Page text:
Nutrition and Mental Health Part 2 - Ultra-processed foods
In order to understand how this started, I will probably write a series of blog posts related to nutrition, mental health, and how they are connected. This is the introductory post, and I will talk about ultra-processed foods.
There is a strong connection between the loss of traditional foods and the rise in ultra-processed foods, leading to increased physical problems, obesity, poor dental health, and more. To think about this, what kind of food your grandparents used to eat and are no longer traditional in your family now?
Let's start with the brain, which is 2% of our total body weight, but requires 20-40% of the total glucose and nutrients that we eat. Ultra-processed foods are cheap, very accessible, and easy to eat. They have been available only for the past 60 years, and there is strong evidence that fast foods are harming us both physically and mentally. Do you wonder how well can ultra-processed foods nourish the brain, in order for it to perform at its peak?
Food is defined as a nutritious substance that we consume for growth and to maintain life, but nutrition, well, this is not just about food, including also the entire process of growing the food, selecting the food, eating it, digesting it, and absorbing it. Food isn't defined only by the calories required for daily living, but also by the nutrients, vitamins, and minerals that we use as signaling molecules ( You can find more about it in two of my books - The NO-DIET Book - Eat healthy and live longer and The complete vitamins and minerals pocket guide). But ultra-processed foods are high in refined carbohydrates, added starch, fat, sugar, and salt, not to forget the added food dyes, additives, and preservatives, so we have almost no nutrients, but a lot of calories in excess.
If you look at the western diet, it is made typically of ultra-processed foods, high in calories, refined grains, and sugar. It is often heavily processed, high in chemicals, and low in fresh produce. In order to make food cheap, ingredients like starches, vegetable oils, and sugars are combined with additives like colors, flavors, and emulsifiers, providing little to no value to our diet. Food is defined as a nutritious substance consumed for growth and to maintain life, but ultra-processed foods are not categorized as nutritious substances, so technically they may not be food at all.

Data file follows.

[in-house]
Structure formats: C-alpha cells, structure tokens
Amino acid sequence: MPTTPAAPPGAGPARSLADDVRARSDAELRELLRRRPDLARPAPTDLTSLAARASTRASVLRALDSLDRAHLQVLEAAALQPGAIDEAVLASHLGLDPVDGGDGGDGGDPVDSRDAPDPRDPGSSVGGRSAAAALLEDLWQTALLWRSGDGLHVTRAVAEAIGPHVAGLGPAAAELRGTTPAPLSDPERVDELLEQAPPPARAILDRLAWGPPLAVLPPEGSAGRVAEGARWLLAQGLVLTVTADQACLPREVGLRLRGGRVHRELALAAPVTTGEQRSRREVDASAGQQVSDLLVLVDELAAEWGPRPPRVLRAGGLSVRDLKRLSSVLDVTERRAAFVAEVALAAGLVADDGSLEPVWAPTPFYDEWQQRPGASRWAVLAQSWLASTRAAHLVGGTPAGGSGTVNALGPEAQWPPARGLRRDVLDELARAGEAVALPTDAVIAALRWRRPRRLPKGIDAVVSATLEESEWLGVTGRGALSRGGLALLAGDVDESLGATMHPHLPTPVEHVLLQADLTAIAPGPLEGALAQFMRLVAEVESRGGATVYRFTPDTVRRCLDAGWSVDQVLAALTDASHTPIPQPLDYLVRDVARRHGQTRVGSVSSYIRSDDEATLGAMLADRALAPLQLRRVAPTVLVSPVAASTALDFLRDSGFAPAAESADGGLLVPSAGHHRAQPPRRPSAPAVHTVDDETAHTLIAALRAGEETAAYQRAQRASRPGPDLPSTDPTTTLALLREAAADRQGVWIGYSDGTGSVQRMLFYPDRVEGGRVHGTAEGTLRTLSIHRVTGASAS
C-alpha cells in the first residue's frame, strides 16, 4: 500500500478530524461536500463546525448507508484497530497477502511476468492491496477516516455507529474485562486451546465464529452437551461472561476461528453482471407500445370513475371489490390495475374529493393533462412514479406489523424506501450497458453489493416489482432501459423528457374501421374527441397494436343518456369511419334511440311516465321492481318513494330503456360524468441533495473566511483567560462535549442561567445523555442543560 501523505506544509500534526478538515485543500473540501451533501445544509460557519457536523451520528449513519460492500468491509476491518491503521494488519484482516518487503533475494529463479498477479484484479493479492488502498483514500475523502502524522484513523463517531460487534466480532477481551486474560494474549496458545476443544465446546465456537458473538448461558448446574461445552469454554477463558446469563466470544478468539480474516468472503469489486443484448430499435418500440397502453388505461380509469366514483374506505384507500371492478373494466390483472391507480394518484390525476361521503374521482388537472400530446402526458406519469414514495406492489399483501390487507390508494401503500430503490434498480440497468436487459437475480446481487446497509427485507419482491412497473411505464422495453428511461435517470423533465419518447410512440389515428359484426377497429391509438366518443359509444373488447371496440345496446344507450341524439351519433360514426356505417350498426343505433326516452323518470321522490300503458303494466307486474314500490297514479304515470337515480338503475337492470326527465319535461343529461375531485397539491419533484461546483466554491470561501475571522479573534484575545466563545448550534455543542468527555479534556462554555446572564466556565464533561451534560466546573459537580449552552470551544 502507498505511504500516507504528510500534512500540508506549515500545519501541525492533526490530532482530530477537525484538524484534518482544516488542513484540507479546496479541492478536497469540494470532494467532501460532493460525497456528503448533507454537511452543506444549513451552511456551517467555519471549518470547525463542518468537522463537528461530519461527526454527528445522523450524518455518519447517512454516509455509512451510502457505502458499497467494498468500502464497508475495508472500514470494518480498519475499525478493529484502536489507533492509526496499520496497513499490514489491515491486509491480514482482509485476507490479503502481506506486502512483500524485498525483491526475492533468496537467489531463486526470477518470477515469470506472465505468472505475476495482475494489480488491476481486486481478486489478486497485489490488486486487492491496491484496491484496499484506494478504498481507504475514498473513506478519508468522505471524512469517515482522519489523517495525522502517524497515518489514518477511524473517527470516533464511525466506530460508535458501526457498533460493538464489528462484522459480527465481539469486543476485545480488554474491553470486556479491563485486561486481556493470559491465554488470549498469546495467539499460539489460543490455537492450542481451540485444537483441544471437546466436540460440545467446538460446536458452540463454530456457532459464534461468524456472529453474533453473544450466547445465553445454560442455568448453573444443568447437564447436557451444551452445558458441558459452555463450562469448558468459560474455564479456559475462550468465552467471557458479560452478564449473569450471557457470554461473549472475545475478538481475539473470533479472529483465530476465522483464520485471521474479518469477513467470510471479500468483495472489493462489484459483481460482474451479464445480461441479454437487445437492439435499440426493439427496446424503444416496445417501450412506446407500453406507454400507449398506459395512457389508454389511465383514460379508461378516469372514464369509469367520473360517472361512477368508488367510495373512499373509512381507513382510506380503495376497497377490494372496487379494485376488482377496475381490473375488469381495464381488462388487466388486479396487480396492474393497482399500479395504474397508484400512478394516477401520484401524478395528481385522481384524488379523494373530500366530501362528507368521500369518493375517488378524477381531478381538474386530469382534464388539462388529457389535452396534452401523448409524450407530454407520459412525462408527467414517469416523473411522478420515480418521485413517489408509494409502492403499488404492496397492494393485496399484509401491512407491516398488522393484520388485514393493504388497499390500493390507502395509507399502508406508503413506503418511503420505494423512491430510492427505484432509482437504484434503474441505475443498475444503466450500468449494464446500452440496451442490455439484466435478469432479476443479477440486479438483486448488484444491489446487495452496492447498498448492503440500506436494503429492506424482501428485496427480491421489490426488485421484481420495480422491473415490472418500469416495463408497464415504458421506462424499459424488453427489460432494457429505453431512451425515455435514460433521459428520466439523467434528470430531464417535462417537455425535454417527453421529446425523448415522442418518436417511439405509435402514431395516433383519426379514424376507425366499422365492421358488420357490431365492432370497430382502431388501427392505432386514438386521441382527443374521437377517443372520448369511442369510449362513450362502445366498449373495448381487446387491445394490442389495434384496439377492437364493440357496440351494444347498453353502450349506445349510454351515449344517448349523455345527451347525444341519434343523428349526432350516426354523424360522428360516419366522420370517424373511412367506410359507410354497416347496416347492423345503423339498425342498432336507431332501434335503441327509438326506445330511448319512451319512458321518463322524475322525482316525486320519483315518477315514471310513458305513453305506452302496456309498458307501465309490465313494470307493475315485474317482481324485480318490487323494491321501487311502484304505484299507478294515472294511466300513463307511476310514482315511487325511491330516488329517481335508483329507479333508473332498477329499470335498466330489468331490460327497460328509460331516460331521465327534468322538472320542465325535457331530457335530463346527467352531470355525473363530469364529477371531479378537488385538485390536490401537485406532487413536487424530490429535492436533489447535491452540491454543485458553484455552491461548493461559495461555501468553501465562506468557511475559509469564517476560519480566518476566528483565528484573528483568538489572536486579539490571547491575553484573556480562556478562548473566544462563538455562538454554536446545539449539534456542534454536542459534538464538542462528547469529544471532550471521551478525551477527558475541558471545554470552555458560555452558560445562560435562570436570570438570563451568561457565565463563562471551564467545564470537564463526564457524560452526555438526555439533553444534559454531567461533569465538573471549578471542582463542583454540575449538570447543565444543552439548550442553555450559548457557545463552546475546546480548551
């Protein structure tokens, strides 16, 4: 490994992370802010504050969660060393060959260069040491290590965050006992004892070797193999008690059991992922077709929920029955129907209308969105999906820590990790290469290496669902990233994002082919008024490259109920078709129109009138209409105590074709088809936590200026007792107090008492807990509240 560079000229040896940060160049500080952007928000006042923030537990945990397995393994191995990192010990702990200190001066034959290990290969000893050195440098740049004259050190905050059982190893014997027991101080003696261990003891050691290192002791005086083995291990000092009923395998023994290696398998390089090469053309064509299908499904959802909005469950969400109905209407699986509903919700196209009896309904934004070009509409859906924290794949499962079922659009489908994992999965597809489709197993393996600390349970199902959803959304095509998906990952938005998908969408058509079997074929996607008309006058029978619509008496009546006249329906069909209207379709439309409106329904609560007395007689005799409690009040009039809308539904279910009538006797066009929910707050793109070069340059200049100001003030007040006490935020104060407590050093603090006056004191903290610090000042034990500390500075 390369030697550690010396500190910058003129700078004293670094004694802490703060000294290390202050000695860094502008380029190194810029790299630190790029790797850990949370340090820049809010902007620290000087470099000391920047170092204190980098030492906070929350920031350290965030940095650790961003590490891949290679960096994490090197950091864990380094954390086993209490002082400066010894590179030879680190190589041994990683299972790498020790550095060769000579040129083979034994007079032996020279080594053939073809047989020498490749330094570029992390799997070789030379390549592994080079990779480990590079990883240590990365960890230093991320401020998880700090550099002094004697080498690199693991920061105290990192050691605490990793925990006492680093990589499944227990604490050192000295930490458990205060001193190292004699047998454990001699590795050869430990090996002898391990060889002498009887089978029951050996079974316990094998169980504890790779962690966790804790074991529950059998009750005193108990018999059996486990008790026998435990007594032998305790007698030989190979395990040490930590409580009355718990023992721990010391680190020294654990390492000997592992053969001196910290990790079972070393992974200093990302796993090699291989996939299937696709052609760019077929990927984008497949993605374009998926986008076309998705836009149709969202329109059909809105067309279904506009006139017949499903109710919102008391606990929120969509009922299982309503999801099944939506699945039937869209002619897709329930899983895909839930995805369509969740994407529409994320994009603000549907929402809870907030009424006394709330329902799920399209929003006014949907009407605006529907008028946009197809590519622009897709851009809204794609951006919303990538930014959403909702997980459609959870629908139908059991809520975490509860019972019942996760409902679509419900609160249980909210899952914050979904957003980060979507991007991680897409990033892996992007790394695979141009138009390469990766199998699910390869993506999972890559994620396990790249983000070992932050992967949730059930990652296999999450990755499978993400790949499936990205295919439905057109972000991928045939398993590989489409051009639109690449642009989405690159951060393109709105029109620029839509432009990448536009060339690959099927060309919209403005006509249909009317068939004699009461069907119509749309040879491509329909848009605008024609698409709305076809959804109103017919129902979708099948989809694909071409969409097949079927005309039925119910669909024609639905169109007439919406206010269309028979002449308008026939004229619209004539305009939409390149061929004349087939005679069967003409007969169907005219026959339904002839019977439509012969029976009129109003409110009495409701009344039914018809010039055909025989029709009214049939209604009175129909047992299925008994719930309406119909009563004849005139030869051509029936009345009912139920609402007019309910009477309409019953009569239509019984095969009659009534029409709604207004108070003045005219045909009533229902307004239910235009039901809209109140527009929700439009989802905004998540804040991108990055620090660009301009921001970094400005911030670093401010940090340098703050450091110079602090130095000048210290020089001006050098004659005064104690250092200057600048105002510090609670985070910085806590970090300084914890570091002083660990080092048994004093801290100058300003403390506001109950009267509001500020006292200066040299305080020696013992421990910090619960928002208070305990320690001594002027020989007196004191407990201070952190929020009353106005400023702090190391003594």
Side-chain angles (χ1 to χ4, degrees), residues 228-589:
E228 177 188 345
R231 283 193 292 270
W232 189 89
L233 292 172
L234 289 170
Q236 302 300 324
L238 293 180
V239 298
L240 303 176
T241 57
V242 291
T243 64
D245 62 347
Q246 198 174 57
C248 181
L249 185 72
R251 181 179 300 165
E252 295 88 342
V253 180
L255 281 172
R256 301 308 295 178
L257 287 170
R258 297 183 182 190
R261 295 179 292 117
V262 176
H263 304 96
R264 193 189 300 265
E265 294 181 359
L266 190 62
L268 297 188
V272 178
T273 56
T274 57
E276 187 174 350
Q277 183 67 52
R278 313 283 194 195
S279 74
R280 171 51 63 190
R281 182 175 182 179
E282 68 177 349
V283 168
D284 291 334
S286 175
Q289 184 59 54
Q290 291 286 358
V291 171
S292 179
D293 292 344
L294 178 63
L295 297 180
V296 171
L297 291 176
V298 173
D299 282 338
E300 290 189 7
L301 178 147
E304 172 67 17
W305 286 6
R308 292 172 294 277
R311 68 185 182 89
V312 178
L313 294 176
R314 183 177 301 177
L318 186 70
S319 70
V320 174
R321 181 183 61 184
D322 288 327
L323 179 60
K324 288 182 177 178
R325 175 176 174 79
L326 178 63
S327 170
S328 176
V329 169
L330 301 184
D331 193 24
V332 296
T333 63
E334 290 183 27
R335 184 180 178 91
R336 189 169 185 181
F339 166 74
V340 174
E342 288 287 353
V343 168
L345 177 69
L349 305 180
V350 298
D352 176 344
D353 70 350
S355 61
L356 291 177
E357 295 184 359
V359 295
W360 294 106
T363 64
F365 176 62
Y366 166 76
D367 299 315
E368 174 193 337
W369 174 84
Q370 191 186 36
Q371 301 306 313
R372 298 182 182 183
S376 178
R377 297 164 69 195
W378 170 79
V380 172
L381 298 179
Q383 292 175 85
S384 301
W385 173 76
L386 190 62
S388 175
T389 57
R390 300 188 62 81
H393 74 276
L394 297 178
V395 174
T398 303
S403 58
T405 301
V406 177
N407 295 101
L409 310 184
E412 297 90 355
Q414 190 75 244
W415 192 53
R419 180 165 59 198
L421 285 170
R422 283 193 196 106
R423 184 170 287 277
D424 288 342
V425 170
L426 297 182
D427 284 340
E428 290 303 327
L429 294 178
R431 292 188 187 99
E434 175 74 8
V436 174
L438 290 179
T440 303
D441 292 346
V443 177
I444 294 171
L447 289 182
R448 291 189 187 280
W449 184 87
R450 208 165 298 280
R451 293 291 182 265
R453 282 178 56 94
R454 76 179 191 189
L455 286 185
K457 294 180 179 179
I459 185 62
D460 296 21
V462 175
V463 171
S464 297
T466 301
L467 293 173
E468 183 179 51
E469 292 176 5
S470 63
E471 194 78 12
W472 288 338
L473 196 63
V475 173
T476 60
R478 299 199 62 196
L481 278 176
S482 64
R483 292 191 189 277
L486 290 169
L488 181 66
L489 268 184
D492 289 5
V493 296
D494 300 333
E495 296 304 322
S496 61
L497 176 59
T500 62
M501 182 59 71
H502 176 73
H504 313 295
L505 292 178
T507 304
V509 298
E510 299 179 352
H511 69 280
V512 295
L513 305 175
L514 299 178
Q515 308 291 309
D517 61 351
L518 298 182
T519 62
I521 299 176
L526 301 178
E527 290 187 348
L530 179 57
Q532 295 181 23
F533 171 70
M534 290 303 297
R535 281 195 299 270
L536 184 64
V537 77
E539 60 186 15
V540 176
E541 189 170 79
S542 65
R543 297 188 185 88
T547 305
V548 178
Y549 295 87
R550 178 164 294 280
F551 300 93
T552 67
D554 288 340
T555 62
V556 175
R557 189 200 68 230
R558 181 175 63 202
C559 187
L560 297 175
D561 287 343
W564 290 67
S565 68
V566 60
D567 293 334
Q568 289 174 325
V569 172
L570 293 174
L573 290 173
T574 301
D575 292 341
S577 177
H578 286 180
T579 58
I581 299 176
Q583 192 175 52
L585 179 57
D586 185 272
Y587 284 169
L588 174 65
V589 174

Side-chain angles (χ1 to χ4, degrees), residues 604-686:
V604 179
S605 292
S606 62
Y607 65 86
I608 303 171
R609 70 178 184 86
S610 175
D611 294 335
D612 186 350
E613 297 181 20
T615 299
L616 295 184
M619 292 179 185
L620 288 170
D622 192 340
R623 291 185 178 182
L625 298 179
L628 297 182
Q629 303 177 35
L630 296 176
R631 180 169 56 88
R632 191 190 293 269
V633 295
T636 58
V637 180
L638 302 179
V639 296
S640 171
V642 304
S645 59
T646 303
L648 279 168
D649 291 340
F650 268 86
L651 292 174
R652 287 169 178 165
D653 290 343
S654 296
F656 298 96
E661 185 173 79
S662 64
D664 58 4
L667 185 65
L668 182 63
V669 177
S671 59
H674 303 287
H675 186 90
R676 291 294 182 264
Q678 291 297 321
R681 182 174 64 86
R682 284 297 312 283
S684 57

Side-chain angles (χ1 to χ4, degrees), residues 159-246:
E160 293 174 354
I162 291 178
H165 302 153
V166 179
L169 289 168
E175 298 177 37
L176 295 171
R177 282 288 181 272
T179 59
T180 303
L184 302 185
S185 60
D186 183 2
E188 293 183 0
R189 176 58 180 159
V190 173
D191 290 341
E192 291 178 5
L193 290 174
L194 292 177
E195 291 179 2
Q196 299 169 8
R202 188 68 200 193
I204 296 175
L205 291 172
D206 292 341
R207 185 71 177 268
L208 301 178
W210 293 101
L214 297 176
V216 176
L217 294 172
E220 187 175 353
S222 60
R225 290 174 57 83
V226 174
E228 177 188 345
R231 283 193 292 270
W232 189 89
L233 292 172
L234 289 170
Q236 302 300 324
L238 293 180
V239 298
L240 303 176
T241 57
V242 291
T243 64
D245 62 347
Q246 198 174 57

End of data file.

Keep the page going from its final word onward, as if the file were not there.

How do you recognize ultra-processed foods? Ultra-processed foods come in boxes, bags, or cans (we are talking about 67% of all foods sold in supermarkets, gas stations, convenience stores, and fast food restaurants). They are enhanced with food dyes, sodium injections, added sugars, and chemical preservatives. A long list of ingredients on the label is a primary indicator of ultra-processed food. If you do not recognize the ingredients and cannot pronounce them, they may be not natural ingredients. In the US, Canada, New Zealand, and Australia, at least 50% of what we eat is not food, is ultra-processed foods. However, you need to learn the difference between processed and ultra-processed foods. Processed food is one altered from its original form, while ultra-processed food had added stuff like food dyes, added sugars, or chemical preservatives. Heating, pasteurizing, canning, fermenting, and drying, all are forms of processing, but they are not unhealthy if nothing has been added, and the product longevity has been increased.
The next post in this series will be about starvation and historical views on diet.
Have a perfect day, see you again tomorrow,